Coping With Bed Rest
What do you do when your doctor orders total bed rest, and it's still weeks or months from labor day? It can be a lonely and scary time, but there are ways to help cope with the situation.
Cynthia Dennison Haines, MD
Short of being a professional mattress tester, there are probably few times in life when an otherwise able-bodied person would wish to lie in bed for weeks or months on end.
But each year, an estimated 700,000 women with high-risk pregnancies or complications are ordered to bed by their doctors. There, they face a host of physical problems caused by lack of activity, and emotional issues related to boredom and isolation.
Candace Hurley understands those issues all too well, having spent about half of each of her two pregnancies lying down.
"The first time it happened, I was 20 weeks pregnant, so I was only half-way into my pregnancy. I'd had some vague twinges that were not painful, but I didn't know what they were," says Hurley, founder and executive director of Sidelines National Support Network, a resource for women and families who are experiencing complicated pregnancies. "Luckily, I had a very responsive physician, who said 'Nobody knows her body better than an infertility patient -- come on in.' He saved my baby for sure."
When he examined her, he found that her cervix was 80% effaced (thinned out -- a sign of early labor), and she was having contractions that lasted about 100 seconds and were spaced only five minutes apart. She went on bed rest from that moment on and remained in bed for 14 weeks until her water broke. Then she went to the hospital for delivery.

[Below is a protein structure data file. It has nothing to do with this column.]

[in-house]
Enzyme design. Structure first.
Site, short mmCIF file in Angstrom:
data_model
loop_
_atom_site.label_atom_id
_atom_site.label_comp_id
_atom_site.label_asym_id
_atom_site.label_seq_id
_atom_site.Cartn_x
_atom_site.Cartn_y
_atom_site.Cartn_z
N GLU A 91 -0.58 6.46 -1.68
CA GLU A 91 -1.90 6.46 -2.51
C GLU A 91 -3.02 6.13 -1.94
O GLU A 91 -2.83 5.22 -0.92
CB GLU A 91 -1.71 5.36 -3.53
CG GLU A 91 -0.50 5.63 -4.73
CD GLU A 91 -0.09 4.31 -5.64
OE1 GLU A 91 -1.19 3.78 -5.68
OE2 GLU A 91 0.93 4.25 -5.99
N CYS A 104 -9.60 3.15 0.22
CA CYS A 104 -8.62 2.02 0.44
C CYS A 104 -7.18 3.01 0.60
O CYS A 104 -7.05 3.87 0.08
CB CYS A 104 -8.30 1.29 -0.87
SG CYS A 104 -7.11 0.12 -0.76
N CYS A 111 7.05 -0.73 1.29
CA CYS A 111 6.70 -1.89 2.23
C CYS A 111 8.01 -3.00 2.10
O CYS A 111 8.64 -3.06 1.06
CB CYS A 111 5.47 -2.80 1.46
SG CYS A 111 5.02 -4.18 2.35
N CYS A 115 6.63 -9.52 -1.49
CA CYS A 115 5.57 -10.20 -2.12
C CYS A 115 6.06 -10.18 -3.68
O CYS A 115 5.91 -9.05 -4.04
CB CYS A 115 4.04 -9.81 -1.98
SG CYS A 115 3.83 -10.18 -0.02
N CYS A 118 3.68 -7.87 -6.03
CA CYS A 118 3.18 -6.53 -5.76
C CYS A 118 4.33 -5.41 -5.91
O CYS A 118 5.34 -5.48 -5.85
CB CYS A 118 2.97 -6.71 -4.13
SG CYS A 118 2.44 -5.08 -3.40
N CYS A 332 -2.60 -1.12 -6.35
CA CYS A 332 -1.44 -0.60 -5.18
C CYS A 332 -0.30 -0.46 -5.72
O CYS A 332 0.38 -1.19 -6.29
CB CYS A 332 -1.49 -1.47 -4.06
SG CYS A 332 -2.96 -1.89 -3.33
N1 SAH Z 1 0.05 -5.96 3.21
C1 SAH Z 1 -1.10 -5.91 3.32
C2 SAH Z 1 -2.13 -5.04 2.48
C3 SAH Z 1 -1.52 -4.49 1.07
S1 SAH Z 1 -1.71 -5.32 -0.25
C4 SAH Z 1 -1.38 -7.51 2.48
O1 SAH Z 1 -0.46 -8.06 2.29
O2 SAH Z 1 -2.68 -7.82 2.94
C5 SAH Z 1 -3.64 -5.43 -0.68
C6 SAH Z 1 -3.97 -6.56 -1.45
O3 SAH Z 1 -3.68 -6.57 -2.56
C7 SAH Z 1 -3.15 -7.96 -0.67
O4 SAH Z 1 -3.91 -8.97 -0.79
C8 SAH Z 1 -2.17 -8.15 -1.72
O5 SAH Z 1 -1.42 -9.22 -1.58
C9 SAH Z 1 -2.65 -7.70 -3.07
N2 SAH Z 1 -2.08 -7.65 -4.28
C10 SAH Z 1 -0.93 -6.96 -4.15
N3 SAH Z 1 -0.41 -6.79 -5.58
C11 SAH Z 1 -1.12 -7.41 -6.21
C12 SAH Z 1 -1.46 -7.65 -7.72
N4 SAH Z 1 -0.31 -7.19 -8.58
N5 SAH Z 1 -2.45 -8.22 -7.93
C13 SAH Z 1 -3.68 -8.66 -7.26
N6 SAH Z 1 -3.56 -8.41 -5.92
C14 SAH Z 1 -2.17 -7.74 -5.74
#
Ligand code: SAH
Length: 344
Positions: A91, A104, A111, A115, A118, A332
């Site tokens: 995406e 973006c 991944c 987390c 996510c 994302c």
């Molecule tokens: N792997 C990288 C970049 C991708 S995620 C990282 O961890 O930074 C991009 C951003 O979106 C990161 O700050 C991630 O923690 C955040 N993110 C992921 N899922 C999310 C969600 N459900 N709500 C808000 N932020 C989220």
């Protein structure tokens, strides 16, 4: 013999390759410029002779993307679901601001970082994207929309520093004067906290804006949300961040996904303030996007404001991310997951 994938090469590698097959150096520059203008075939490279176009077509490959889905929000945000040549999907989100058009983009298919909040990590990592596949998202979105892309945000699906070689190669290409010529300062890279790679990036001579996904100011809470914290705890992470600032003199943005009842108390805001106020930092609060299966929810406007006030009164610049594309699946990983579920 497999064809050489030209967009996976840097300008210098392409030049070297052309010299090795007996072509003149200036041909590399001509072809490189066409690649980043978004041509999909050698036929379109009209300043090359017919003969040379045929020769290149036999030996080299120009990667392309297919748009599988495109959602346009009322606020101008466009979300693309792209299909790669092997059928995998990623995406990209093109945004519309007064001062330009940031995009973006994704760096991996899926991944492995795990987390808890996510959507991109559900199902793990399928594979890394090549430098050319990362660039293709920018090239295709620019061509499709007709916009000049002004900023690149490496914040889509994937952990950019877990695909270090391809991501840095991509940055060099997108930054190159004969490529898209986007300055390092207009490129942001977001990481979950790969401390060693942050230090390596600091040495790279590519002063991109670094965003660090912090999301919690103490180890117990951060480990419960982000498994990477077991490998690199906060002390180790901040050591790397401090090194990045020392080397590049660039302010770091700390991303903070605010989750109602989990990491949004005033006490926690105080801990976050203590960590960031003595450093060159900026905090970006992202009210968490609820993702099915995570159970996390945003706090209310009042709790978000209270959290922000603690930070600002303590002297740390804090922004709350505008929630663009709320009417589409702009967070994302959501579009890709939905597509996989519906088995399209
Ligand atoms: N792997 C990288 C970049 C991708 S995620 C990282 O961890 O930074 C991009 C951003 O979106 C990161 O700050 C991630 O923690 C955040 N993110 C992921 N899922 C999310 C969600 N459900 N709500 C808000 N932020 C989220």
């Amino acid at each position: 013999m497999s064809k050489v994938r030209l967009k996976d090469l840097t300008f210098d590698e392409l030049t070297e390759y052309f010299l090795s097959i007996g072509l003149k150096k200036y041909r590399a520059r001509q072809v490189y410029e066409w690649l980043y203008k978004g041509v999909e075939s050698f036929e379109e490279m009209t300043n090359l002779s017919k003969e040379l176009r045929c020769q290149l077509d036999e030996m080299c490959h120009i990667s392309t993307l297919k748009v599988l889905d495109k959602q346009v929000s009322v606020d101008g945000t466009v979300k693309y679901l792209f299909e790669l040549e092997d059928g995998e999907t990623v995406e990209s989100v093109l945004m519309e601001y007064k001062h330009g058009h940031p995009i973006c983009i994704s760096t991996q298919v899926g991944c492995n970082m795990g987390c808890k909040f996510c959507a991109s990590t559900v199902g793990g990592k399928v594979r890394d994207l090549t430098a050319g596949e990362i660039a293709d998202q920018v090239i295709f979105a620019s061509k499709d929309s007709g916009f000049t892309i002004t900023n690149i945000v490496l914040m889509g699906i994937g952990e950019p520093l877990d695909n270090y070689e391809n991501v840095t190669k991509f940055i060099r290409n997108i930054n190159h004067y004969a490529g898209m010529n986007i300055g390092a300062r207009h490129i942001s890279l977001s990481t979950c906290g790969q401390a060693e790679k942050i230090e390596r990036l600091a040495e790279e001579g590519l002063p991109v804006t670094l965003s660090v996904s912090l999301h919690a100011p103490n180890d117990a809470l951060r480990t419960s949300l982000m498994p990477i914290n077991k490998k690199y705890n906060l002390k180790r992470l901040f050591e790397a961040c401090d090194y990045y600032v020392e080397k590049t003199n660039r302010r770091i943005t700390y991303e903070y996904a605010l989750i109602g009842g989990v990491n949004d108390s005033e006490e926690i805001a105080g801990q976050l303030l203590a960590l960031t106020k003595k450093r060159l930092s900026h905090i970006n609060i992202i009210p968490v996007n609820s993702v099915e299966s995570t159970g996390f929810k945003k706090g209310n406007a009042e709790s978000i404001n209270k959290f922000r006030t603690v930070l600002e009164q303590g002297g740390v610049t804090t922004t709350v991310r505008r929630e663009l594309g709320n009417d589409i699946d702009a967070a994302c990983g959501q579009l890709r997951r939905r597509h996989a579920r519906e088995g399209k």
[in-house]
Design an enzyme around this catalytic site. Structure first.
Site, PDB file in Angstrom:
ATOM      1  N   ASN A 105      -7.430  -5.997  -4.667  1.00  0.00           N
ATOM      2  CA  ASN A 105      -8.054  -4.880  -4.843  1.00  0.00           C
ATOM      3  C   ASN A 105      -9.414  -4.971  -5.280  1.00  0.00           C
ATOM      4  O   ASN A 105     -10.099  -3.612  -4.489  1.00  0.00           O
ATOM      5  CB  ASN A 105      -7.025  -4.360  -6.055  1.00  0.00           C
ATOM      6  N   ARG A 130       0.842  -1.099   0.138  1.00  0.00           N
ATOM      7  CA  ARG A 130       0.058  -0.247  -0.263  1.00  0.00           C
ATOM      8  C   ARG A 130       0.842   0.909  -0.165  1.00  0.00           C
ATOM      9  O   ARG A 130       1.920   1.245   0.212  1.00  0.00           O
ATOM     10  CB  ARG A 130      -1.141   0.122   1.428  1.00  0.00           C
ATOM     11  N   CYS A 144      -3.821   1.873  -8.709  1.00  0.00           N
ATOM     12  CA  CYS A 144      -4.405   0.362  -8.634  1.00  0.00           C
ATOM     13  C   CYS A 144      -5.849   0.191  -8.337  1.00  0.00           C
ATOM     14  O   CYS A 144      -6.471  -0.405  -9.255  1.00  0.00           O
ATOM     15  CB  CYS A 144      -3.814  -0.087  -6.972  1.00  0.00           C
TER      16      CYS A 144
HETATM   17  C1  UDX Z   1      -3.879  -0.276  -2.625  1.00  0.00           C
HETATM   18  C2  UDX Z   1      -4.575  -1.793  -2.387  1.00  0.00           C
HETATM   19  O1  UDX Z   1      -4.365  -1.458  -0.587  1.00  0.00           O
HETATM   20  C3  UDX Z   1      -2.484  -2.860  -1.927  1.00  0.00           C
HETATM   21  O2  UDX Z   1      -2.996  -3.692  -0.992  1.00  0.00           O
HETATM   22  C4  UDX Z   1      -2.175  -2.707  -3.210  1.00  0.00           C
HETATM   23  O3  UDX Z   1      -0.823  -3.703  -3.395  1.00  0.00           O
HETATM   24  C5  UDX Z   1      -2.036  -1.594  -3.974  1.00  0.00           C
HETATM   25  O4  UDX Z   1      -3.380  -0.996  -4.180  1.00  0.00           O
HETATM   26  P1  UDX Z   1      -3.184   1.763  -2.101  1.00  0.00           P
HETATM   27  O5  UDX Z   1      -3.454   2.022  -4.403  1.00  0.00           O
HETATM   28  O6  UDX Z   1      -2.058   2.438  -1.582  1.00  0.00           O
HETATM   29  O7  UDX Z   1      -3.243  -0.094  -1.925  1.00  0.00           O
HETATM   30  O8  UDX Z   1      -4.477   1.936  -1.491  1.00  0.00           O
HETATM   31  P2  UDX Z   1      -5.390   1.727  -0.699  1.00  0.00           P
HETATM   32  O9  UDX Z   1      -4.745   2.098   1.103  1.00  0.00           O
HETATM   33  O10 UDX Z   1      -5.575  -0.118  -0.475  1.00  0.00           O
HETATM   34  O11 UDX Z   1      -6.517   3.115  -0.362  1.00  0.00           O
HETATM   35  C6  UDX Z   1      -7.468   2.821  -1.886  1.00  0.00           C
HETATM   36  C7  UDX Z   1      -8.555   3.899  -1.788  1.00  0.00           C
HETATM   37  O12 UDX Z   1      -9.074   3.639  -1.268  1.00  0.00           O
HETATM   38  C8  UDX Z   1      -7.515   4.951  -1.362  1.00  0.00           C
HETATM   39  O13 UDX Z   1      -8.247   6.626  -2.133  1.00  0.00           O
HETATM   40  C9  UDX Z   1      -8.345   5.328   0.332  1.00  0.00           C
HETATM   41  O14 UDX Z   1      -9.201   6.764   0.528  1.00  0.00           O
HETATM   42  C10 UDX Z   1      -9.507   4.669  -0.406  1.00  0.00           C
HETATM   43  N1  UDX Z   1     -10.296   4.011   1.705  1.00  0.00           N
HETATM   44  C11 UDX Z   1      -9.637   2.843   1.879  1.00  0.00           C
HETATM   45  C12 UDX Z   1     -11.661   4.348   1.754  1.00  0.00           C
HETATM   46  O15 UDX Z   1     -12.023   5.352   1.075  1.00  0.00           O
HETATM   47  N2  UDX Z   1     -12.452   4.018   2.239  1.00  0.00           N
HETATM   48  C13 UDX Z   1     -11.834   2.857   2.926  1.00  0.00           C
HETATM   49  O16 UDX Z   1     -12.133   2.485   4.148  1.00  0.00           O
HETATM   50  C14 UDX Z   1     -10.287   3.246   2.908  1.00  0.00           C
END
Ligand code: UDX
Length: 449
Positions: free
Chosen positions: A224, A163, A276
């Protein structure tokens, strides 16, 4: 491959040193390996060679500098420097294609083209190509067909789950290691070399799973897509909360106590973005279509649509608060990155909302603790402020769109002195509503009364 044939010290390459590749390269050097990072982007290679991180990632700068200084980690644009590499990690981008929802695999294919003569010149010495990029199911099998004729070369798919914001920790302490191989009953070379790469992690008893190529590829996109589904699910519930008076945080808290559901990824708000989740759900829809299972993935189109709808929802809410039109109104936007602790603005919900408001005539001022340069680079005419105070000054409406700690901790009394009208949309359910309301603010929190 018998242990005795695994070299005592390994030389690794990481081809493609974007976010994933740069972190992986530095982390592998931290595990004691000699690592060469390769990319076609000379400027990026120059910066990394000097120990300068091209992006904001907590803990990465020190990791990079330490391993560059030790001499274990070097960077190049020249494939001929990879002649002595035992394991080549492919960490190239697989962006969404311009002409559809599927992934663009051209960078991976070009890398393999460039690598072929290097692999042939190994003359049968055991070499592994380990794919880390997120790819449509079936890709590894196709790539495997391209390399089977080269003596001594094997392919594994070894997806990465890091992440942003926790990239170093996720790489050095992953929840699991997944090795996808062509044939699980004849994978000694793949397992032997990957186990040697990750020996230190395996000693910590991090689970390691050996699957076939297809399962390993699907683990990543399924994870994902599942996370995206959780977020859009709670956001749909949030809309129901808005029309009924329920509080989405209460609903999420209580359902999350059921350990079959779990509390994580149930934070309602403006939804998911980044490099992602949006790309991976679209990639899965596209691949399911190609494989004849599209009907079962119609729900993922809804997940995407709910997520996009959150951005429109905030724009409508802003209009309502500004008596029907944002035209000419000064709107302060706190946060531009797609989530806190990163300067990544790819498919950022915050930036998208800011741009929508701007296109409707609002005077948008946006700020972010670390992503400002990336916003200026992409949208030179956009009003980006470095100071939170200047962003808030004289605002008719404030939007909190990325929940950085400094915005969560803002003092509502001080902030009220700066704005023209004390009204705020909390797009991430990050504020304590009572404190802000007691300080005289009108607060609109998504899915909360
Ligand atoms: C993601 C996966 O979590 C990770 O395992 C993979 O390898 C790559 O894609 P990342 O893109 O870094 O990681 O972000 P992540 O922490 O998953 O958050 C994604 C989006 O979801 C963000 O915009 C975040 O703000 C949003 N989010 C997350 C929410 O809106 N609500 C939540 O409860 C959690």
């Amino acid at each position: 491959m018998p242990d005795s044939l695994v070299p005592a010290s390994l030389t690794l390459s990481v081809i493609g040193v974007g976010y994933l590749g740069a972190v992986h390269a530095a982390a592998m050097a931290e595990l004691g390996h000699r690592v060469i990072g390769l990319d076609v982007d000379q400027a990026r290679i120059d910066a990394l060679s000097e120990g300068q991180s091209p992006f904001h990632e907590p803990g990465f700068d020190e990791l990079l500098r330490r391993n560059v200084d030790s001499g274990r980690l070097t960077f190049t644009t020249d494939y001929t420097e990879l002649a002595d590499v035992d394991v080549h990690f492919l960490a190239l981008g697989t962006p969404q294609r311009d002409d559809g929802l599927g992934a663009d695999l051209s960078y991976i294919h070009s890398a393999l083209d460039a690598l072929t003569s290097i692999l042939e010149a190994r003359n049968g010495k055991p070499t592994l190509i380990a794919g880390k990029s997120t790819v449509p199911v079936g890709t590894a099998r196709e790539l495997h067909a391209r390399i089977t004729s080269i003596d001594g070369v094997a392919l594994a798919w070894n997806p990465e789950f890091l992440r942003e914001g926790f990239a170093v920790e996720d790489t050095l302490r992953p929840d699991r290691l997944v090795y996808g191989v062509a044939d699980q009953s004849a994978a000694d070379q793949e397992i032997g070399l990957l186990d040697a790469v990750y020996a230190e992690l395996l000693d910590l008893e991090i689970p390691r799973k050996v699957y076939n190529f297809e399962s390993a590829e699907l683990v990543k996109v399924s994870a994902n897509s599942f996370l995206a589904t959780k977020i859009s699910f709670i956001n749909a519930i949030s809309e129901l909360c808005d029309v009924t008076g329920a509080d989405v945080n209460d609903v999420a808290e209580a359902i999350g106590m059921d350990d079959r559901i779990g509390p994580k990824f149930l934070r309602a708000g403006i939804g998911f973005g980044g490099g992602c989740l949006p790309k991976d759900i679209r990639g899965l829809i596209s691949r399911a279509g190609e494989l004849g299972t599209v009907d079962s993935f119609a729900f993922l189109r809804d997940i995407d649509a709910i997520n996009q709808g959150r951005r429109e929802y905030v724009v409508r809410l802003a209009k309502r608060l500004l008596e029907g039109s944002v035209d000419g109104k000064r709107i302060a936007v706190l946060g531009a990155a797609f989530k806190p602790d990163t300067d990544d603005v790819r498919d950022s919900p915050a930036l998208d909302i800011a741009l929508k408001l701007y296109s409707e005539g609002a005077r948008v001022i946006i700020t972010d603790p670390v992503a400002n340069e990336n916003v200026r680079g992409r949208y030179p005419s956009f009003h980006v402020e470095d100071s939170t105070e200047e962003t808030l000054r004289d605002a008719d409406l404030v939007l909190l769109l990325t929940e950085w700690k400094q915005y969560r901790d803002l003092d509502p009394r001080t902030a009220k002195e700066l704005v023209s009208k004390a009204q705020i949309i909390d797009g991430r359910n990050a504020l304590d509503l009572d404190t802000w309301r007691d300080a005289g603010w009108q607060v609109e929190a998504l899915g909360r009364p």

As hard as it was to spend a long stretch stretched out, she'd do it again to give her child every chance, she says.
"I told my doctor at the time, 'You can hang me from my ankles in a hospital -- just do what you can to save this child," she says.
Hurley didn't have to hang by her ankles, but to many women consigned to enforced repose, that might be preferable. Women who write to Sidelines and similar support organizations say they felt lonely, scared, frustrated, and depressed.
"It's very hard on many levels -- physically it's hard to stay in bed. As far as mentally, I always say that it seems to happen to us 'A' types that are the casserole-bringers of the world," Hurley says. "We don't want to stay in bed; we're used to being very active; we're used to helping others, and we don't want other people to have to help us."
She says that in addition to being lonely and isolating, forced bed rest is hardly the pregnancy most women hope for or imagine.
"You see images of pregnant women doing aerobics or running and you can't even run or walk; it's an extremely hard adjustment to have to make," she says.